Ask the Ombudsman
Q: How can I obtain a hornets’ nest without being stung?
A: Bald-faced hornets do not occupy their paper nests during the winter and they don’t reuse the nests the next year. The colony dies each fall except for fertilized females that will overwinter in sheltered crevices (not in the nest) and start new colonies the following spring. The best time to take a nest is in the fall after we’ve had a few nights where temperatures were below freezing. That will ensure that the nest will not contain living hornets. As an added precaution, you may want to put the nest in a freezer for a week. The nests will be in the best condition if taken during the fall, because they will deteriorate over the winter due to weathering and lack of any maintenance by the hornets.
Q: Why are some of the shrubs in my yard starting to flower now, rather than in the spring as they normally do?
A: Known as remontant flowering, it is not unusual to have a few flower buds opening in the fall on species that typically flower in early spring. In Missouri, the evergreen rhododendrons and forsythia shrubs will commonly open a few flowers in October. Because most plant growth is halted over the winter, early spring-flowering plants have their flower buds developed and ready to go in the fall. Environmental cues to flowering such as temperature, moisture and day length can be the same in the fall as they are in early spring and some buds are “fooled” into opening. Usually only a small proportion of the flower buds will open prematurely, and you aren’t likely to notice any fewer flowers next spring, during the normal flowering period.
Ombudsman Tim Smith will respond to your questions, suggestions or complaints concerning Department of Conservation programs. Write him at PO Box 180, Jefferson City, MO 65102-0180, call him at 573-522-4115, ext. 3848, or e-mail him at Ombudsman@mdc.mo.gov.
No MOre Trash! Keep the outdoors litter free.
Fall is a great time to get outdoors and enjoy the spectacular colors of changing leaves. I especially like to view the colorful trees while doing a boat patrol. While I check hunters and fishers on the rivers and banks, I always take a minute to soak in the vibrant landscapes that surround me. Moments like these truly connect you with nature.
Unfortunately, my enjoyment of the fall colors is dampened when I look around the river dykes and banks and observe the accumulation of litter. Some of the trash is washed downstream to pile up on riverbanks after water levels recede. Other items are left or discarded on dykes until the rising river swallows them up. To stop the river litter cycle, we all have to do our part.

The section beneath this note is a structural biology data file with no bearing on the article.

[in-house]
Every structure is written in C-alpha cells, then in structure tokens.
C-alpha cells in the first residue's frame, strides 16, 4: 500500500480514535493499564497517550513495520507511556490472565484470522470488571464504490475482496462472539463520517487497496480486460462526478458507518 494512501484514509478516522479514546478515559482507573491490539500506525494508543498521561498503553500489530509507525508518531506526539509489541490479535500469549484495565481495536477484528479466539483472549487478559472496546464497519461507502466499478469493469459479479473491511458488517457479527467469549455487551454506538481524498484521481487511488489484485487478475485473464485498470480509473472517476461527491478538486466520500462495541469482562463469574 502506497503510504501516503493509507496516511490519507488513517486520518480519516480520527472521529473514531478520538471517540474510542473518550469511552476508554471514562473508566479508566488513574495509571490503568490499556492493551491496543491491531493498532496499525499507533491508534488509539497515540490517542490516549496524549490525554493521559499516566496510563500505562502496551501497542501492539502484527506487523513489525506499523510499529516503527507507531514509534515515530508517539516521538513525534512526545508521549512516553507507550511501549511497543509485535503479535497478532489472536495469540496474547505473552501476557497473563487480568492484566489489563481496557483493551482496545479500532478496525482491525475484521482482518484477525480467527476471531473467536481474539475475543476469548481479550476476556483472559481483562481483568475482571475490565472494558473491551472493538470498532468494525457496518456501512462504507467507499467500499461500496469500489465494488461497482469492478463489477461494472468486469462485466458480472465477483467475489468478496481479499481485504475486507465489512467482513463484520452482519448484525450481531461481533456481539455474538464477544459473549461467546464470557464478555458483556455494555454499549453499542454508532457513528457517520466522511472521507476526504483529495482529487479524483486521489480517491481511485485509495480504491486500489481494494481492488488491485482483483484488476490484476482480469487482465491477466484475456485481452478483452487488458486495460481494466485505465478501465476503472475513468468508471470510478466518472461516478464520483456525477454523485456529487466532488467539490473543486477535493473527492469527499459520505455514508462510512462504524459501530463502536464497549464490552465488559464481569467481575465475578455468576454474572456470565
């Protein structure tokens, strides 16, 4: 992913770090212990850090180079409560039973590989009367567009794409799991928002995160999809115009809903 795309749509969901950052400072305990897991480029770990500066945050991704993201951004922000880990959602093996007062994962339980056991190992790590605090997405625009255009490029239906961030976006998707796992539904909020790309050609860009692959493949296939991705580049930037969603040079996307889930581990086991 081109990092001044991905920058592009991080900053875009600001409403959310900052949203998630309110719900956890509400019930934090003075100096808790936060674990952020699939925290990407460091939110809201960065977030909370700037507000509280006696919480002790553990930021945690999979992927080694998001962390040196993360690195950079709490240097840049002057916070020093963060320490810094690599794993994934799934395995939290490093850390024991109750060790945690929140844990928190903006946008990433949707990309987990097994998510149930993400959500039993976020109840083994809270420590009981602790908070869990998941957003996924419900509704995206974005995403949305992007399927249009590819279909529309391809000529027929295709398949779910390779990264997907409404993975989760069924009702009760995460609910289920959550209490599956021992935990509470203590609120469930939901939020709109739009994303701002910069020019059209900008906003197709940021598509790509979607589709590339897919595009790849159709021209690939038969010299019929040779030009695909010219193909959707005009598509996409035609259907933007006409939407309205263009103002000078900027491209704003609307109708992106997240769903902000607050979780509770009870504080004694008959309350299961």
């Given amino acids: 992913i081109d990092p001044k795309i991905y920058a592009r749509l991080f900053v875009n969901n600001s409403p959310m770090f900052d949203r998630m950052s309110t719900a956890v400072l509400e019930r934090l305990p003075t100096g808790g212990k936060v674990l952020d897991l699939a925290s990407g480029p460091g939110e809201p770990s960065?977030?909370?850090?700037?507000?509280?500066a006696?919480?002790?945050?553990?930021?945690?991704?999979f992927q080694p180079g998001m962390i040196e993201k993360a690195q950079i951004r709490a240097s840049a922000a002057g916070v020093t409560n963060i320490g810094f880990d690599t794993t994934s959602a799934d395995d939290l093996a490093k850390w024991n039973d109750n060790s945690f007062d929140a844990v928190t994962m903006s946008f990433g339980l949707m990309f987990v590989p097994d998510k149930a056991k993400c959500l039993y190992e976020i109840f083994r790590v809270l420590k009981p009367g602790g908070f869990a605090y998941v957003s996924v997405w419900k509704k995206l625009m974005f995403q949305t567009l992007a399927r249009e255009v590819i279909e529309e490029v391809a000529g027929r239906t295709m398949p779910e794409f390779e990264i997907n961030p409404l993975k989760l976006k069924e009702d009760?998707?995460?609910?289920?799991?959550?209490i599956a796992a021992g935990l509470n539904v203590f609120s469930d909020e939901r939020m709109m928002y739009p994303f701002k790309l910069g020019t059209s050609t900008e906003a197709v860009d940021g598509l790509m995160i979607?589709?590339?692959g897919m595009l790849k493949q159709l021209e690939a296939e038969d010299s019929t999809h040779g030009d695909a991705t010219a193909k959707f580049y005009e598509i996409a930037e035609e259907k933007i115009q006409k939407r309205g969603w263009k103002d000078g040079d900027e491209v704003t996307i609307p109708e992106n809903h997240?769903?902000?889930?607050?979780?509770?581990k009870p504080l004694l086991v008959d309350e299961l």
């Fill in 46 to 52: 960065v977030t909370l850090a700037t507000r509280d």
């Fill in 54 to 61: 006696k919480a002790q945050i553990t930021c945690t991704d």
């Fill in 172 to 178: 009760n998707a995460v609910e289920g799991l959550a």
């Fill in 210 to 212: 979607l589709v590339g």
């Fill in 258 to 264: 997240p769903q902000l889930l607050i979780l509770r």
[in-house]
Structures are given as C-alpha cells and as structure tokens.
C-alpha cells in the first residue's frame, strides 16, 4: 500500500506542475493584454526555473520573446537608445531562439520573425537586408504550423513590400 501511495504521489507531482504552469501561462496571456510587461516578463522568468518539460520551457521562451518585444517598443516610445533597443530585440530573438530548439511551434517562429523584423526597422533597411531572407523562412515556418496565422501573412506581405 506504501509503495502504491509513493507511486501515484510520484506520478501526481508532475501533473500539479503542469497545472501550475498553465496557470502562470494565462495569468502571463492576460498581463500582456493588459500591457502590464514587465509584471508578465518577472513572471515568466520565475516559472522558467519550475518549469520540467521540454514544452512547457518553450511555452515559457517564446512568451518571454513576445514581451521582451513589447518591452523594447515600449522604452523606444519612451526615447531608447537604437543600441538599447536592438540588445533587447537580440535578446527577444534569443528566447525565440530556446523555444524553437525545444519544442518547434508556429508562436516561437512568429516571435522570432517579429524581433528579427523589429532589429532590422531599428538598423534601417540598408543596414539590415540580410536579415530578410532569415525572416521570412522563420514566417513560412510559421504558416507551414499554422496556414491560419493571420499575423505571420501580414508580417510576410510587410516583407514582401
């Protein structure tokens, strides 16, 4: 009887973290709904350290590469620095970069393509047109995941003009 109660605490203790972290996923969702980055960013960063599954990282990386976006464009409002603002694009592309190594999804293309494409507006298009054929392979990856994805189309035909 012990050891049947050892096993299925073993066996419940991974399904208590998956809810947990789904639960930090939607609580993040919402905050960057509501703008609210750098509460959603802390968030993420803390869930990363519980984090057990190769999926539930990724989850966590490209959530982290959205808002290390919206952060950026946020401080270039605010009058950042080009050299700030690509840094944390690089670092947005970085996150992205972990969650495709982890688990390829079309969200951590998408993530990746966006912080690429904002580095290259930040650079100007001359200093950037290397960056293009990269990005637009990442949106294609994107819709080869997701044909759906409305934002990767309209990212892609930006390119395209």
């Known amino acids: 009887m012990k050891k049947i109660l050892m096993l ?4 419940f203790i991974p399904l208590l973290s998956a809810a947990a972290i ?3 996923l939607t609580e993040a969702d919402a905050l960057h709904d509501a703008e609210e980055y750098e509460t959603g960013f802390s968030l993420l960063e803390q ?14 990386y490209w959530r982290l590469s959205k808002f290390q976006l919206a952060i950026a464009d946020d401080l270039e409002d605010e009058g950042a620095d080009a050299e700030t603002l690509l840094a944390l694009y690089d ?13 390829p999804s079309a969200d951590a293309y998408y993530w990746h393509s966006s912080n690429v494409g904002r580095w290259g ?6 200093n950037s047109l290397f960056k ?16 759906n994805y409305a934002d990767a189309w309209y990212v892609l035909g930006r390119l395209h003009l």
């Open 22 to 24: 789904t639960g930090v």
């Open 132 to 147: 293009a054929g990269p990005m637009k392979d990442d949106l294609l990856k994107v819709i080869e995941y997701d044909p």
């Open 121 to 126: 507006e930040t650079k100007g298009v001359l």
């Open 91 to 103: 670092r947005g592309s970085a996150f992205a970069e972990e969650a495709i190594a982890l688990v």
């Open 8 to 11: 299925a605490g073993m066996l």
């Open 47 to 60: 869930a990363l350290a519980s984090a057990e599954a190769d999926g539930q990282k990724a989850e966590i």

When I’m on the water, I keep a large plastic container in my boat that has a locking top. I put my trash in it as well as trash I find in the river. I’ve seen fishers who put their trash in their boat’s empty live well while on the water. I know hunters who place their litter in decoy bags or dismantled blinds when traveling to and from their river hunting spots. I’ve talked to riverbank campers who use all-weather bags to hold and take their trash with them. Responsible resource users always find a way to get their litter where it needs to go. The rewards are cleaner waterways and a great view of our natural resources, wherever you look!
Jeff Breuer is the conservation agent for Jefferson County. If you would like to contact the agent for your county, phone your regional conservation office listed on Page 3
Youth Trapping Clinic
Join the staff of the Missouri Department of Conservation along with volunteers from the Missouri Trappers Association for this fun and exciting educational clinic. The clinic runs Oct. 22 and 23 on the Whetstone Creek Conservation Area near Williamsburg in Callaway County. Participants will learn basic trapping techniques including water sets, dry land sets, trapping equipment care and maintenance, skinning, fleshing and proper fur handling.
While under the guidance of experienced trappers, participants will set their own traps. There is no fee for this training, but pre-registration is required. Participants should bring snacks and drinks. Dinner will be served on Saturday evening and breakfast on Sunday. This program is open to youth ages 11 to 17 and their parent or adult mentor. For more details or to register, call 573-864-3559. For more information about hunting and trapping in Missouri, visit mdc.mo.gov/node/88.
To view fishing and hunting seasons, visit http://mdc.mo.gov/seasons
For complete information about seasons, limits, methods and restrictions, consult the Wildlife Code and the current summaries of “Missouri Hunting and Trapping Regulations” and “Missouri Fishing Regulations,” the “Fall Deer and Turkey Hunting Regulations and Information,” the “Waterfowl Hunting Digest” and the “Migratory Bird Hunting Digest.” This information is on our Web site at http://mdc.mo.gov/about-us/regulations and at permit vendors.
The Conservation Department’s computerized point-of-sale system allows you to purchase or replace your permits through local vendors or by phone. The toll-free number is 800/392-4115. Allow 10 days for delivery of telephone purchases. To purchase permits online go to https://www2.mo.wildlifelicense.com/start.php.